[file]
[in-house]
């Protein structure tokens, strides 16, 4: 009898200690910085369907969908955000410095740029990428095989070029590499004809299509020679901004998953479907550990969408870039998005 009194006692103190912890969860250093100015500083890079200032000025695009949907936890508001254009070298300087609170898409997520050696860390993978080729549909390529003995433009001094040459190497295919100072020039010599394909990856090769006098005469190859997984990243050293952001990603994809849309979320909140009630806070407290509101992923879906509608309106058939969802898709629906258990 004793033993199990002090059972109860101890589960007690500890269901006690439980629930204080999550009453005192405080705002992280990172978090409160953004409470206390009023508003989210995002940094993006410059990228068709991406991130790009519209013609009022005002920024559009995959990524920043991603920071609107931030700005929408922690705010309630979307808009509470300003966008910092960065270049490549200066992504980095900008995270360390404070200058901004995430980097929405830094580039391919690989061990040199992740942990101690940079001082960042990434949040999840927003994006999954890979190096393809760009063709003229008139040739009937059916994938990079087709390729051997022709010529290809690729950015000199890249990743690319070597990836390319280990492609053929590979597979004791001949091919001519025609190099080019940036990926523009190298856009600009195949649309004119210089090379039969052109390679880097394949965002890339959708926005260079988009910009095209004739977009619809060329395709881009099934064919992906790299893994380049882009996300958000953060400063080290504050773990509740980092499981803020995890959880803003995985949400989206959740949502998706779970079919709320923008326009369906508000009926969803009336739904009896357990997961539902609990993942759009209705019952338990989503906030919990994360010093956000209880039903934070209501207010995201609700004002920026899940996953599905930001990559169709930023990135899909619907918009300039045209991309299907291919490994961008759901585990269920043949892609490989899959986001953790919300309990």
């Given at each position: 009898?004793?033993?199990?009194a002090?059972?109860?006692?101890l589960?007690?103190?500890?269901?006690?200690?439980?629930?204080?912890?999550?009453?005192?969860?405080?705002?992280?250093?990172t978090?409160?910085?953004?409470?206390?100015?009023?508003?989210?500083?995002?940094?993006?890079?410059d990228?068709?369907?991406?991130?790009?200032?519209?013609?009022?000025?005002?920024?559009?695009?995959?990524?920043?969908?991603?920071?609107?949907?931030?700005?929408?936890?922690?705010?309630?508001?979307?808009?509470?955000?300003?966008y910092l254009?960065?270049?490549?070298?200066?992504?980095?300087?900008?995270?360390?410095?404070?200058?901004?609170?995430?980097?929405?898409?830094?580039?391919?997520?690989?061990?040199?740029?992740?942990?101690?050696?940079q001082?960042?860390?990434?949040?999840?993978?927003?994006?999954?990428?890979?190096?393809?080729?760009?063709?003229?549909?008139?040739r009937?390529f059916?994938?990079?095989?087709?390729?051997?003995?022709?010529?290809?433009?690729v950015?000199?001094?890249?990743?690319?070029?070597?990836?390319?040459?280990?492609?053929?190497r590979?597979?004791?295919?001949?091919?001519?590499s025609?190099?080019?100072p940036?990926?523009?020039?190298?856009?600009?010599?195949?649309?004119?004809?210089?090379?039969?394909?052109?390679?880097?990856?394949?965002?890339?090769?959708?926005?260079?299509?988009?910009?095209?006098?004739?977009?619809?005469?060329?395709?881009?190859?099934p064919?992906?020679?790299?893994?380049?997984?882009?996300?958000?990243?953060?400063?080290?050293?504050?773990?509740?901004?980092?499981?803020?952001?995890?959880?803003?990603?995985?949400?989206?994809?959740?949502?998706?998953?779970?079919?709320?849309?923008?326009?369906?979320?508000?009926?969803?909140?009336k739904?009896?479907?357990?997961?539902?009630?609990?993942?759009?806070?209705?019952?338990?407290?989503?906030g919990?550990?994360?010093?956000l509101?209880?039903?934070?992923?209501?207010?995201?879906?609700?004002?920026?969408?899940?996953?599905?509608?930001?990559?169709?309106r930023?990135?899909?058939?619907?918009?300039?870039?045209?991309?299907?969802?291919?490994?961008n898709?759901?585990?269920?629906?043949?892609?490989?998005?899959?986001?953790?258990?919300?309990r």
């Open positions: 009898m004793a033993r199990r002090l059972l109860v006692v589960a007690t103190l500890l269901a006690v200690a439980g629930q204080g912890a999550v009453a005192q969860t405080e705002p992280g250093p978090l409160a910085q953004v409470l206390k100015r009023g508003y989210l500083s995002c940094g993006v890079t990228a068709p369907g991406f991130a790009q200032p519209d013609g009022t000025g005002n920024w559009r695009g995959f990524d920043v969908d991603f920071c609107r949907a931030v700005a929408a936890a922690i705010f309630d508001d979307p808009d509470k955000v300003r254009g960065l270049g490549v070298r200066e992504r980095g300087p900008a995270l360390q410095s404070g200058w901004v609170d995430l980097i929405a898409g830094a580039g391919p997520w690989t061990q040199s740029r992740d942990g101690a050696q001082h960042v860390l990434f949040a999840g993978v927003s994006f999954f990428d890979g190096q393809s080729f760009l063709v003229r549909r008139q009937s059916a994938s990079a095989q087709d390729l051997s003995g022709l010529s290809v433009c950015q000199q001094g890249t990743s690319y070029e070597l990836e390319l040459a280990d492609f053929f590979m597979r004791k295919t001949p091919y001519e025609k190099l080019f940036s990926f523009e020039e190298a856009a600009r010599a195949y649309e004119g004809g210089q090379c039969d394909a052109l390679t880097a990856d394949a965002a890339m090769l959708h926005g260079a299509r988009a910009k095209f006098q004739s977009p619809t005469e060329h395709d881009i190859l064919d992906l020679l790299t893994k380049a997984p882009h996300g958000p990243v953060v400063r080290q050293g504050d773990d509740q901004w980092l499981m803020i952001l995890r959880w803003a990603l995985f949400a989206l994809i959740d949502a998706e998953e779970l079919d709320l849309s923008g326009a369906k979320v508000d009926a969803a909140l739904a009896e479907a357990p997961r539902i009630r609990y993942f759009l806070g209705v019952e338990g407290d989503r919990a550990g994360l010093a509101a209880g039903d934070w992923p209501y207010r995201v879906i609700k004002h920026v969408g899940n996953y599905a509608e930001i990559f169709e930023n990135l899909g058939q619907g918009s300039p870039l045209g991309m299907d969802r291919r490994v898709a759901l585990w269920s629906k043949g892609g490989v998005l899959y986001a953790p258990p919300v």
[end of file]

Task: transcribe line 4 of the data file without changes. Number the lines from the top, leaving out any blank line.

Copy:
């Open positions: 009898m004793a033993r199990r002090l059972l109860v006692v589960a007690t103190l500890l269901a006690v200690a439980g629930q204080g912890a999550v009453a005192q969860t405080e705002p992280g250093p978090l409160a910085q953004v409470l206390k100015r009023g508003y989210l500083s995002c940094g993006v890079t990228a068709p369907g991406f991130a790009q200032p519209d013609g009022t000025g005002n920024w559009r695009g995959f990524d920043v969908d991603f920071c609107r949907a931030v700005a929408a936890a922690i705010f309630d508001d979307p808009d509470k955000v300003r254009g960065l270049g490549v070298r200066e992504r980095g300087p900008a995270l360390q410095s404070g200058w901004v609170d995430l980097i929405a898409g830094a580039g391919p997520w690989t061990q040199s740029r992740d942990g101690a050696q001082h960042v860390l990434f949040a999840g993978v927003s994006f999954f990428d890979g190096q393809s080729f760009l063709v003229r549909r008139q009937s059916a994938s990079a095989q087709d390729l051997s003995g022709l010529s290809v433009c950015q000199q001094g890249t990743s690319y070029e070597l990836e390319l040459a280990d492609f053929f590979m597979r004791k295919t001949p091919y001519e025609k190099l080019f940036s990926f523009e020039e190298a856009a600009r010599a195949y649309e004119g004809g210089q090379c039969d394909a052109l390679t880097a990856d394949a965002a890339m090769l959708h926005g260079a299509r988009a910009k095209f006098q004739s977009p619809t005469e060329h395709d881009i190859l064919d992906l020679l790299t893994k380049a997984p882009h996300g958000p990243v953060v400063r080290q050293g504050d773990d509740q901004w980092l499981m803020i952001l995890r959880w803003a990603l995985f949400a989206l994809i959740d949502a998706e998953e779970l079919d709320l849309s923008g326009a369906k979320v508000d009926a969803a909140l739904a009896e479907a357990p997961r539902i009630r609990y993942f759009l806070g209705v019952e338990g407290d989503r919990a550990g994360l010093a509101a209880g039903d934070w992923p209501y207010r995201v879906i609700k004002h920026v969408g899940n996953y599905a509608e930001i990559f169709e930023n990135l899909g058939q619907g918009s300039p870039l045209g991309m299907d969802r291919r490994v898709a759901l585990w269920s629906k043949g892609g490989v998005l899959y986001a953790p258990p919300v």